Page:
Tennis: At 33, gutsy Serena still loves to train, play, win

Tennis: At 33, gutsy Serena still loves to train, play, win

At the ArtScience Museum, the primary live exhibit arrives a trifle late. In checked skirt and white top. Just another press conference, but not just another player. A gent at the back quietly applauds over his notebook.

A fellow up front brandishes her autobiography and prefaces a question by saying: "On a lighter note, I'm a fan." Calm down, sir.

Camera flashes, in whose flickering light she's always lived, go off. Everyone wants a picture. Even the photographer Annie Leibovitz, whose exhibition is running a floor below, once froze her on film.

But really, you can't quite capture Serena Williams. She may not be everyone's favourite athlete, but she's an intriguing original. In this particular gallery, aptly named Expression, she belongs.

Serena, who plays first at the WTA Finals today, is different. She's not the only one but The One people will come to see.

"I've seen Serena," is what people will say, explains commentator Sam Smith, as if they've just come from Egypt and exclaimed they've seen the Sphinx.

There's no rush though, she's not mothballing her rackets yet. "I've entered in tons of events next year and obviously the year after is the Olympics."

She's doing what fascinates us: taking talent and stretching it like a rubber band till it comes apart one day.

Right now she may be held together by medical tape and ambition, an injured knee ensuring that she hasn't completed a tournament since the US Open.

Kept off court by her coach, she said: "I actually just started hitting on Monday. (But) I was surprised at how well I was able to kind of jump back into it."

We breathe normal air, but athletes seem to inhale an endless oxygen of optimism. Always there's something to grasp onto.

For her it's the fact that "this season has been a lot less stressful than last season".

In 2013, leading to the Finals she played 77 matches; this year 55. "I feel really more fresh than I have in the past of couple of years." Sounded like a warning.

"She's 33," says the announcer to start his introduction and even as sport turns into death by statistics, age - when you'll win, when you'll finish - isn't what it used to be.

Michael Phelps returned with quick times this year at 29 and Federer, 33, did fine impersonations of a fluent athlete in Shanghai. In a muscular era, they're redefining the boundaries on how long athletes can compete.

Desire and science, genes and genius, chasing history and the pure pleasure of chastising kids - who knows what specific alchemy propels athletes to push.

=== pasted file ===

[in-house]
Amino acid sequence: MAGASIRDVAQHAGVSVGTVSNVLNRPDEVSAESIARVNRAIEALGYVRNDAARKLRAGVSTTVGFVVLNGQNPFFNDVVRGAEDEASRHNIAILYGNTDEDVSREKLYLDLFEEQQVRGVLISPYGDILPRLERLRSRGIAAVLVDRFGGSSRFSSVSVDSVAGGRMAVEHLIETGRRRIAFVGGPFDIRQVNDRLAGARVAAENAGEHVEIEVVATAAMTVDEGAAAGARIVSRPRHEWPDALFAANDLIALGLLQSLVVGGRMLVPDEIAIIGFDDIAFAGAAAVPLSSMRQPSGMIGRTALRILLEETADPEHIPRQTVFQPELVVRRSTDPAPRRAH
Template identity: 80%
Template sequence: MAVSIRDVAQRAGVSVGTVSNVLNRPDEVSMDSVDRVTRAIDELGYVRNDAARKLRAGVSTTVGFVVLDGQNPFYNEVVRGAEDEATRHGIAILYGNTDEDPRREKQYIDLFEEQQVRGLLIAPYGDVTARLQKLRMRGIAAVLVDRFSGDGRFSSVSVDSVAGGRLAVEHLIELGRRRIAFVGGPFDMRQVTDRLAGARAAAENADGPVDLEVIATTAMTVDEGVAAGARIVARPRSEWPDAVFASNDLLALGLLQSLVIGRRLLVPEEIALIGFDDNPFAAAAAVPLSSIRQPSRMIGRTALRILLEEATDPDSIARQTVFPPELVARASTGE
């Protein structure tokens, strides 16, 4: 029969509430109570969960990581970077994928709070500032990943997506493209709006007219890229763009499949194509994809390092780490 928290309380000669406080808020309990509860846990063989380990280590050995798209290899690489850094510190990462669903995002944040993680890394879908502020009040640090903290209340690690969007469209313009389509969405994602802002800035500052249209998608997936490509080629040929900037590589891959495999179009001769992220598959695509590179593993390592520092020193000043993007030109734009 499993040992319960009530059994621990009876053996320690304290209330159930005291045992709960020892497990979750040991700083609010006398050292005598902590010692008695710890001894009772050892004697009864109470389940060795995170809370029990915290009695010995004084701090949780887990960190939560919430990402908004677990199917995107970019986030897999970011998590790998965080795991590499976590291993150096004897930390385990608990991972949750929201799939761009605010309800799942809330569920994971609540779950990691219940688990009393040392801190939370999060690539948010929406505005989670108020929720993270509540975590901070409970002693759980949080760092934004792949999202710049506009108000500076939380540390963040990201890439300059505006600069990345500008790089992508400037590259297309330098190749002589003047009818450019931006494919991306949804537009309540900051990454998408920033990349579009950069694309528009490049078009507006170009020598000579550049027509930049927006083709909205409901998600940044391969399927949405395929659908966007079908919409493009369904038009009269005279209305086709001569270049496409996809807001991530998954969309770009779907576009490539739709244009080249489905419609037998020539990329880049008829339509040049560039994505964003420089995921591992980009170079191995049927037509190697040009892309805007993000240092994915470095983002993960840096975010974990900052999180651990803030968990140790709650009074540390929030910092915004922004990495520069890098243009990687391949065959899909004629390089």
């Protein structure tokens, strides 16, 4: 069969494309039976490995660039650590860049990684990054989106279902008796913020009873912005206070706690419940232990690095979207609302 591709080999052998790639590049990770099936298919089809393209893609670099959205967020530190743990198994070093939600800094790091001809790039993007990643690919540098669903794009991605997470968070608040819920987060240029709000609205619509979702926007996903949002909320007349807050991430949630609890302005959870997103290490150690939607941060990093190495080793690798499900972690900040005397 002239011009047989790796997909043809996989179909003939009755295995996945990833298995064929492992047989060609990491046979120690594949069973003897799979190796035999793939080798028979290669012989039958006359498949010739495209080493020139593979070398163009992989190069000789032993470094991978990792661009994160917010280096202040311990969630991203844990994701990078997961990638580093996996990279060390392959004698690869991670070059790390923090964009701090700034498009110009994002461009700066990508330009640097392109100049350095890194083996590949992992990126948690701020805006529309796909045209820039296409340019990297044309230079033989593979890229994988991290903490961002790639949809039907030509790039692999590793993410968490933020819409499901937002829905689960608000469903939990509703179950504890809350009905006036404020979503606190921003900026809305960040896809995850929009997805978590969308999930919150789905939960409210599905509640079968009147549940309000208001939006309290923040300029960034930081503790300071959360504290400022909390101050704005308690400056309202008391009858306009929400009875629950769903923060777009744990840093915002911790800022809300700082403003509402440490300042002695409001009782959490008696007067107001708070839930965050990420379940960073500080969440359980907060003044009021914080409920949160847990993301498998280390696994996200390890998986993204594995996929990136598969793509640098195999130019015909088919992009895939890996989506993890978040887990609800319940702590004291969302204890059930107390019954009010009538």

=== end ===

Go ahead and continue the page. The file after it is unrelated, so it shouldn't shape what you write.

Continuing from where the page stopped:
But Serena possibly relishes the confining lines of the court, as if it triggers a competitive instinct which we can't quite figure out but she can't get enough of. So she plays and says: "I love tennis and I love the sport.

I've been, especially lately, having so much fun just competing when normally people have retired and gone on with their lives."

She's different because she sweats.

Asked what separates talented players and champions, she insists: "I think being a champion is the one that works the hardest and maybe has to work harder than everyone else because they're not as good and things don't come as easy for them.

So for me, that's the difference."

And difference, in most forms, is beautiful, but not for some. Like Russian Tennis Federation president Shamil Tarpischev, member of some misogynistic mob, who referred to Serena and her sister as "the Williams brothers".

Serena's heard this sort of tripe before and responded strongly to the comments: "I thought they were very insensitive and extremely sexist as well as racist at the same time. I thought they were in a way bullying."

Right now, she's No. 1. You can reinterpret that number to mean the leading women's athlete of all sport. But in more prosaic terms she holds tennis' top spot, though Maria Sharapova is chasing her for that position.

It seems a pretty good reason to show up and as she says: "I love being No. 1. I love being the best."

So now, on wounded knee, aiming for her fifth Finals title, she looks to bury the field. Maybe if she does it'll make a chapter in a second book. Or a third. "I'm not planning a sequel," she laughs, "I'm planning a series, I guess."

Later she's asked if she might open herself up to the world in an Agassi-style memoir, all warts and furious angst, but she seemed unsure.

It might be a hell of a ride, but then again the extraordinary athlete is best left a mystery. Watched, enjoyed but never quite understood. Scrutinised, tweeted, Instagramed, yet forever enigmatic. Just different folk.

Indeed, as you enter the Expression gallery, where she spoke, this question is inscribed on a board on the wall: "How do artists transform their ideas into action?" It's possibly only rhetorical.

This article was first published on Oct 20, 2014.
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